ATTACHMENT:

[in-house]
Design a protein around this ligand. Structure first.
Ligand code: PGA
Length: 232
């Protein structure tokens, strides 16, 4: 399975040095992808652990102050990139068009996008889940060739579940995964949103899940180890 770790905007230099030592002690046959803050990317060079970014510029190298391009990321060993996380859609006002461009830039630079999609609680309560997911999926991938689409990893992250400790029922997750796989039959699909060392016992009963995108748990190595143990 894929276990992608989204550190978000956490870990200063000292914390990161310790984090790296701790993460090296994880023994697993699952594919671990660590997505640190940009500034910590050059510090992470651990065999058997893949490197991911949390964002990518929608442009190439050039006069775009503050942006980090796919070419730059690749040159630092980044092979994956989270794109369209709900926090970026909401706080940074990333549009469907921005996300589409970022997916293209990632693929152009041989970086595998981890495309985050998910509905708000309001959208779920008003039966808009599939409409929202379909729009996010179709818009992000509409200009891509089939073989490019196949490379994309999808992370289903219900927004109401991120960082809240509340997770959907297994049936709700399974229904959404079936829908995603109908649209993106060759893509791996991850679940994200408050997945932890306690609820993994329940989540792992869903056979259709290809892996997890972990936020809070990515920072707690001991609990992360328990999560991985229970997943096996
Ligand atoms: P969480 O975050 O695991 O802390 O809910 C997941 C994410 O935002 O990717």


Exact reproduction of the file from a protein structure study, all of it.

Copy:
[in-house]
Design a protein around this ligand. Structure first.
Ligand code: PGA
Length: 232
């Protein structure tokens, strides 16, 4: 399975040095992808652990102050990139068009996008889940060739579940995964949103899940180890 770790905007230099030592002690046959803050990317060079970014510029190298391009990321060993996380859609006002461009830039630079999609609680309560997911999926991938689409990893992250400790029922997750796989039959699909060392016992009963995108748990190595143990 894929276990992608989204550190978000956490870990200063000292914390990161310790984090790296701790993460090296994880023994697993699952594919671990660590997505640190940009500034910590050059510090992470651990065999058997893949490197991911949390964002990518929608442009190439050039006069775009503050942006980090796919070419730059690749040159630092980044092979994956989270794109369209709900926090970026909401706080940074990333549009469907921005996300589409970022997916293209990632693929152009041989970086595998981890495309985050998910509905708000309001959208779920008003039966808009599939409409929202379909729009996010179709818009992000509409200009891509089939073989490019196949490379994309999808992370289903219900927004109401991120960082809240509340997770959907297994049936709700399974229904959404079936829908995603109908649209993106060759893509791996991850679940994200408050997945932890306690609820993994329940989540792992869903056979259709290809892996997890972990936020809070990515920072707690001991609990992360328990999560991985229970997943096996
Ligand atoms: P969480 O975050 O695991 O802390 O809910 C997941 C994410 O935002 O990717």